end of herself so that the only thing that she can plead is mercy.
She
can’t plead entitlement, she can only plead mercy. He makes it difficult for
her to come.

II. The woman makes it difficult
for Jesus.

But secondly, she makes it difficult for Jesus, and
that’s the extraordinary thing, too. She makes it difficult for Jesus. I put it
that way, because it seems to me that’s exactly what she’s doing. Her response
is quite overwhelming. She doesn’t say like Abner says in II Samuel, “Am I a
dog?” and walks away. She says, “Truth, Lord. And yet…” She goes on. She
agrees with the assessment. She doesn’t fly off the handle and get all bent out
of shape by this remark that Jesus makes. She catches Jesus in His own words.
She employs a wonderful example of argumentum ad hominem. All you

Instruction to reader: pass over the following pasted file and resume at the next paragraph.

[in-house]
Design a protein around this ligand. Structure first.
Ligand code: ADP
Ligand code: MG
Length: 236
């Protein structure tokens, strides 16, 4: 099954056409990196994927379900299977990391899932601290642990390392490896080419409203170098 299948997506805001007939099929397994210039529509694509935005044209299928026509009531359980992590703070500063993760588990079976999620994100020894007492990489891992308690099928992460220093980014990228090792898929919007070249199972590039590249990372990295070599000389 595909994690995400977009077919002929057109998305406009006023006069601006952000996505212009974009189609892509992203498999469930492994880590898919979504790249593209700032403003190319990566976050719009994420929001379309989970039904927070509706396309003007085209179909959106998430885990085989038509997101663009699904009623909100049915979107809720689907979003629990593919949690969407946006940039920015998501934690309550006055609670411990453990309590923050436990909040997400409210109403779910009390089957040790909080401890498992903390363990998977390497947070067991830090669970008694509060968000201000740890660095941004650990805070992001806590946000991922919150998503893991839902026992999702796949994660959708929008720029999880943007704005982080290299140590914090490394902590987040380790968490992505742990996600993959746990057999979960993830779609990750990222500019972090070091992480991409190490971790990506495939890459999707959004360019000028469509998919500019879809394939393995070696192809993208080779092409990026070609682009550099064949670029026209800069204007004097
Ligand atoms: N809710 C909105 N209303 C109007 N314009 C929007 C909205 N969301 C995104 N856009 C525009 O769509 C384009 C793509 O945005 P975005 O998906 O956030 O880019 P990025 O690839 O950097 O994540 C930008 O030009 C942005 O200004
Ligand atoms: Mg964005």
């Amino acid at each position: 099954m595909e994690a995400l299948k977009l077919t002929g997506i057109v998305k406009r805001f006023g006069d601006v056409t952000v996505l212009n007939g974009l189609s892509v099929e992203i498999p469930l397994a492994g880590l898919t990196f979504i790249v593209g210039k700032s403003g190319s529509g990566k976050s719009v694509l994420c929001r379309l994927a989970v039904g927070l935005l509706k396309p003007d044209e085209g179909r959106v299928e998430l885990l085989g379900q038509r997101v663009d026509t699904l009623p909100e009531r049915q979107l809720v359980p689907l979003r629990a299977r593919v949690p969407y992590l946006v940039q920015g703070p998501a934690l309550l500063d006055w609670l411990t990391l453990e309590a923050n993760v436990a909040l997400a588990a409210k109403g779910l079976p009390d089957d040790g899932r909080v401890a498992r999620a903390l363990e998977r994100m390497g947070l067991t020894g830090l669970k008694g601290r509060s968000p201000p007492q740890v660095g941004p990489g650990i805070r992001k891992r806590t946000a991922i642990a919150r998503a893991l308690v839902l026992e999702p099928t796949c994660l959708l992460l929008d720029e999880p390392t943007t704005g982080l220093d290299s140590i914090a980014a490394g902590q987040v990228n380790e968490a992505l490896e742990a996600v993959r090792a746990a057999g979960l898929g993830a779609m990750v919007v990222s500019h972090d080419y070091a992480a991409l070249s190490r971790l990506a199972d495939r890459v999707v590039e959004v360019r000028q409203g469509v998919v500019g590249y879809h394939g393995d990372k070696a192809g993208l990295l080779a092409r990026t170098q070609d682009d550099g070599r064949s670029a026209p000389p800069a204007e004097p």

lawyers know all about that. Luther says she ensnares Him in His own words.
If I am a dog, she says, give me the dog’s portion. Just give me the leftovers
.
Give me crumbs, crumbs that fall from the master’s table. Isn’t that
beautiful? Isn’t that an extraordinary thing for this woman to say? She agrees
with the assessment entirely, and she says, ‘Right. If I am a dog, just give me
the crumbs that fall from the master’s table.’ It’s a beautiful expression of
the simplicity of her faith. This woman is a New Testament Jacob. It’s as
though she’s taking hold of Jesus and she’s saying ‘I will not let You go until
You bless me.’ She’s arguing with Jesus
.

You know, there’s a statement somewhere–I believe
it’s Cyril of Alexandria who says it–and he’s saying it about the parable that
Jesus tells of the importunate widow who comes to the judge at midnight and
knocks on the door, and won’t stop knocking on the door until the judge
answers. And Cyril says “there is a sense in which in prayer that we should
pray in such a way so as to make God ashamed if He does not grant our request.”
To pray in such a way as to make Him ashamed if He doesn’t grant our
request…that’s exactly what this woman is doing.